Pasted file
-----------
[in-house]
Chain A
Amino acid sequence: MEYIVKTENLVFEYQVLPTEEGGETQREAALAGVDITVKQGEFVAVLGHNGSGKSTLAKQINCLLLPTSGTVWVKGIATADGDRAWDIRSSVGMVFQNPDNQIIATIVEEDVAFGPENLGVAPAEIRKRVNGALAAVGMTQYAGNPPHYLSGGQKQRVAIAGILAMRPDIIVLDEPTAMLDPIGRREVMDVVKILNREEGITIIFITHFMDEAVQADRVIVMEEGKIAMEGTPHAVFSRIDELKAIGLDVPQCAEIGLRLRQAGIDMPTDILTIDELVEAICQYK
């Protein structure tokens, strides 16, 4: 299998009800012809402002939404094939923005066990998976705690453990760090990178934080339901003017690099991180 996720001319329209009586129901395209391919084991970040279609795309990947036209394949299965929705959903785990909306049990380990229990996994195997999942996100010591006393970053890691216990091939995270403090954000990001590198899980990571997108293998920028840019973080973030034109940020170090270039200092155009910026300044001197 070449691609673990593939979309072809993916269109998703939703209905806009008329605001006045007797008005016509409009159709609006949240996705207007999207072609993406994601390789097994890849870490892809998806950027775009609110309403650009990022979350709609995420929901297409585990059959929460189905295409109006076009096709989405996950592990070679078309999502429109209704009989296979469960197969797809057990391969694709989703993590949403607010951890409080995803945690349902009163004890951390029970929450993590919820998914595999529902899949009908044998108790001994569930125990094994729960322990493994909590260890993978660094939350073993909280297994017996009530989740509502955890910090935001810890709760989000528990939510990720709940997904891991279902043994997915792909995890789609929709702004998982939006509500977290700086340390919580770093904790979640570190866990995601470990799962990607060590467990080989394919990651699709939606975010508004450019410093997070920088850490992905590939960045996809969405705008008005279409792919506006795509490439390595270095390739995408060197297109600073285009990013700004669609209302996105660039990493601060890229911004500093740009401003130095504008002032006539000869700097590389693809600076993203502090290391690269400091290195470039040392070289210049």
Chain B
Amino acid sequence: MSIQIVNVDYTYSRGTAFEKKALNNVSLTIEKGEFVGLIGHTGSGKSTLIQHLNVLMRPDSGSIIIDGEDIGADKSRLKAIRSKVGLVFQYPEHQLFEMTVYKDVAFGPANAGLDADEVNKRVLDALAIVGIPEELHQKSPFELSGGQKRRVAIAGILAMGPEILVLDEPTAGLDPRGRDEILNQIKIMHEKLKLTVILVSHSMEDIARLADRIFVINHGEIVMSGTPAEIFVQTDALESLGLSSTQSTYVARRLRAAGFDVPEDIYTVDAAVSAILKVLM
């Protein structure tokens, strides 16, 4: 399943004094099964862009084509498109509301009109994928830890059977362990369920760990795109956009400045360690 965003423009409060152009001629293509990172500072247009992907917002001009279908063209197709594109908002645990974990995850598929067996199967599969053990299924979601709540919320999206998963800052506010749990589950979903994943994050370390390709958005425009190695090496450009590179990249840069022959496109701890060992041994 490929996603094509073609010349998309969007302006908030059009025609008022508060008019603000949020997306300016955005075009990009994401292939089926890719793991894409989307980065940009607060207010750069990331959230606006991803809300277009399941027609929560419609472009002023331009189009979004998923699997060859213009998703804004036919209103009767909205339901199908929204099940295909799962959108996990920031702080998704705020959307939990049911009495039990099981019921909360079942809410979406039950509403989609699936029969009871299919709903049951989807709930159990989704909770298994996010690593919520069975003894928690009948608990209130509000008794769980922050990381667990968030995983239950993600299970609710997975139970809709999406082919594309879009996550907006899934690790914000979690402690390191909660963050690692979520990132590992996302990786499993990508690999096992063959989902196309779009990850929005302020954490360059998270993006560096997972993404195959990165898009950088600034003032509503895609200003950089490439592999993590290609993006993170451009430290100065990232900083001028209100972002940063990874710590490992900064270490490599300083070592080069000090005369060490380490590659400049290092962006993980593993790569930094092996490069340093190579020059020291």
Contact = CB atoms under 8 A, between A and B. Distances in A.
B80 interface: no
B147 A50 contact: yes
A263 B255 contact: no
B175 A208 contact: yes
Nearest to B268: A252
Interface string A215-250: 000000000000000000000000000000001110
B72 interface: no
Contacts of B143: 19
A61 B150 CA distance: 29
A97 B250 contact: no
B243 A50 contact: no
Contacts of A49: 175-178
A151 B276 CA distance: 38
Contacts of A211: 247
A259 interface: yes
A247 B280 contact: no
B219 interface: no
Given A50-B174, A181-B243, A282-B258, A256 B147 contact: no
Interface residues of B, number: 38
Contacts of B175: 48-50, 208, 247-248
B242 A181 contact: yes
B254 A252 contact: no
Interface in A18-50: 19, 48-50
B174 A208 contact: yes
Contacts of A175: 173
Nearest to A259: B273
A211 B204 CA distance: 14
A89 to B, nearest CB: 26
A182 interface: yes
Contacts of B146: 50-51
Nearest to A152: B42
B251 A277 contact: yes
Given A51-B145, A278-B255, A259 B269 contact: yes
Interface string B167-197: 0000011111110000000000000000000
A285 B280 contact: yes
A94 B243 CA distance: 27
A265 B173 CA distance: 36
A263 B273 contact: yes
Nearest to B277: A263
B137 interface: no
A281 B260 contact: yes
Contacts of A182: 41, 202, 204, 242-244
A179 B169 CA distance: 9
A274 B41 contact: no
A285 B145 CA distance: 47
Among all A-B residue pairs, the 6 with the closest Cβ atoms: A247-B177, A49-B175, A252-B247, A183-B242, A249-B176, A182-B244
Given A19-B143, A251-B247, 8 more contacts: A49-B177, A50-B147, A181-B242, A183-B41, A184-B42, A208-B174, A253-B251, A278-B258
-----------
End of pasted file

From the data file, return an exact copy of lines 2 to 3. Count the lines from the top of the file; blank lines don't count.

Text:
Chain A
Amino acid sequence: MEYIVKTENLVFEYQVLPTEEGGETQREAALAGVDITVKQGEFVAVLGHNGSGKSTLAKQINCLLLPTSGTVWVKGIATADGDRAWDIRSSVGMVFQNPDNQIIATIVEEDVAFGPENLGVAPAEIRKRVNGALAAVGMTQYAGNPPHYLSGGQKQRVAIAGILAMRPDIIVLDEPTAMLDPIGRREVMDVVKILNREEGITIIFITHFMDEAVQADRVIVMEEGKIAMEGTPHAVFSRIDELKAIGLDVPQCAEIGLRLRQAGIDMPTDILTIDELVEAICQYK